My ex and I do have an existing court order. Our daughter is 14 years old and was living with me in NH. She went to Florida for Christmas vacation and decided she wanted to stay. Now she wants to come back because her dad and his wife are constantly fighting. She can not even call me unless her dad or his wife is in the same room. My phone # is blocked so I can’t even call our daughter. Is our daughter of age to decide who she wants to live with? I feel that she is not in a safe environment and they are controlling her every move. Please help me with this very sad situation. I do not know where to go to file any paperwork in this matter and need help doing so.
    Thank You

    • Hello Devin,

      Keep in mind we are not a law firm, so any information provided here or our affiliates should not be considered legal advice.

      What does your existing court order state? If you are the signed primary care giver, and it accounts for the fact that you and the father live in different states, then you should be able to go down to Florida and take her back to New Hampshire. You can show a copy of the order to the FL county police if you run into any trouble.
      To answer your question about the age a child can state where they want to live, every state and some counties are even different – usually the age ranges from 11-16 depending on the state. However, a judge is the one to ultimately make any decisions where a child is to live.
      Review you current order, and if certain items we just mentioned aren’t listed you might want to consider going back to court to get the order modified, which we can help you with. Hope this helps and you are able to get your daughter back without going to court again.

  6. Kristy says:

    I am at a situation where my marriage life has long gone. I moved here in the mainland because my husband is in the military service. I from hawaii and all my relatives are there. Because of some marital problems, (infidelity, alcoholism, verbal abuse, trust issues) I now realize that it’s over. we have a child who is less than a year old and as much as possible I want to take him with me back in Hawaii. I am not saying that my husband doesnt deserve our son but he has alcohol problems, emotionally unstable and he also threatened my life with a gun while pregnant (well he was drunk and he probably didnt know what he was saying or doing). He told me I dont have any rights because I dont have a current job, and that I live with my parents and my siblings (extended family) and that I would lose my custody. He told me he would sue me for kidnapping our child if I take him without his consent. What should I do? I cant drive because I have dependend on buses in Hawaii. But I am trying to learn how to drive and I am doing my best.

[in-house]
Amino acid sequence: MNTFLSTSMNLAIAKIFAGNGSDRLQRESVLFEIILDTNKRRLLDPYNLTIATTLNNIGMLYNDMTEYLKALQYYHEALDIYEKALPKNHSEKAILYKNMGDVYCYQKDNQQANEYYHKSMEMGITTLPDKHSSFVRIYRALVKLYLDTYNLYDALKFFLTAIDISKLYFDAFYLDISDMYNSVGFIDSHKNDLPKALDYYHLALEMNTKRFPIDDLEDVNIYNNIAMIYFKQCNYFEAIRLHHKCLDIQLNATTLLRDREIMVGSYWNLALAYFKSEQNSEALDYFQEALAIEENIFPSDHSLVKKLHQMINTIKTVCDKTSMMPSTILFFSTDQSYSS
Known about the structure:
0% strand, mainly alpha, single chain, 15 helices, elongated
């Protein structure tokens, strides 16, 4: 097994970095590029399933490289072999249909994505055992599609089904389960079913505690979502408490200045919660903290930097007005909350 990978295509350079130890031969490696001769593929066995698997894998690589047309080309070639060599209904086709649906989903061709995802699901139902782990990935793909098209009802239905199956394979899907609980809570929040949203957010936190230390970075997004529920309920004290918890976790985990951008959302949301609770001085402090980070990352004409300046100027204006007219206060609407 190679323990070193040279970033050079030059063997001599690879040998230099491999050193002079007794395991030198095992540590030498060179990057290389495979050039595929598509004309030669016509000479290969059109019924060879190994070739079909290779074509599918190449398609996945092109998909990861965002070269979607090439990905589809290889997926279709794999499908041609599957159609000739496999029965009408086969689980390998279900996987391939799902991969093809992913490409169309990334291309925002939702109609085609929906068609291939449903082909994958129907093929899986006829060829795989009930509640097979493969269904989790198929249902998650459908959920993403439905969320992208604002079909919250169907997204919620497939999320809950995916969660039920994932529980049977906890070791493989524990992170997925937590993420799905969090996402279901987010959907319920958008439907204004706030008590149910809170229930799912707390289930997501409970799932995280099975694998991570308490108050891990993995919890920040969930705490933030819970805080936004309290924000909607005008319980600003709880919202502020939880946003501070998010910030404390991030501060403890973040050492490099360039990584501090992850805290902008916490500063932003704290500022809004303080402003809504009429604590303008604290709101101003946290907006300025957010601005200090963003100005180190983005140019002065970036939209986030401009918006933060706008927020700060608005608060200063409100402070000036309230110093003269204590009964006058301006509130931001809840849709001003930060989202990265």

• Hi Kristy,

      You stated good questions about your circumstances. Please remember we are not a law firm so this should not be considered legal advice or counsel. We encourage you to discuss this matter in detail with an experienced family attorney in your area and we can send you some referrals if you like.

      That said, if you are fearful for your life and the life of your child you should contact the police. Do you have records, photos, video of the incidents you described? If not, start documenting everything that happens. Hearsay, isn’t considered fact.

      One of the best ways to protect yourself is to get into family court and get an order in place. We specifically help parents prepare the documents they will need to file for any kind of these requests. Since you plan to return to Hawaii with your child, you definitely want to get something in place that’s solid and enforceable.
      Let us know how else we can help and if you want to talk with a representative. Also, if you want some referrals to talk to, please let us know what your county and state you currently reside in.

  7. kay says:

    My son is starting divorce proceedings this week, he works at a good job. His wife hasn’t taken proper care of the kids….no regular baths, she doesn’t cook at all on weekends, she doesn’t work, she doesn’t keep a clean house, she has class 4 nights a week and usually goes out on Saturday night all while my son who works keeps the girls. She had spring break and didn’t tell my son and left the house for 4 evenings on pretense of having class. Last summer she left my 15 month old gr daughter in a car while she went in to get the older girl at daycamp. She was caught having an affair, and has other men she constantly texts or calls. She I feel has been emotionally abusive to my son. She use to post photos of her nights out even while pregnant, I don’t if she drank she did brag a few times about drinking while pregnant. She has commented many times she’s lazy, has told my son repeatedly “the girls stress me out” Is this a good start on my son seeking custody?

    • Hi Kay, it sounds like your son is concerned for the children’s well being and wants to do something about it. This is the first step in any family legal matter. If you’re son wants to enforce his rights as their father, and provide a more stable environment for them, getting a court order dictating that is a good way to go about it. Getting a court order signed by a judge is a great way to get something official that not only protects himself, but the children as well. It’s really as simple as filing the correct documents, getting your story in the judges hands so that what your son is asking for makes sense to them and shows them they he has the girls’ best interests in mind. Please pass along our contact information so he can call and speak to a representative about how we can help him with his situation. Thank you for writing to us.

      (800) 787-4981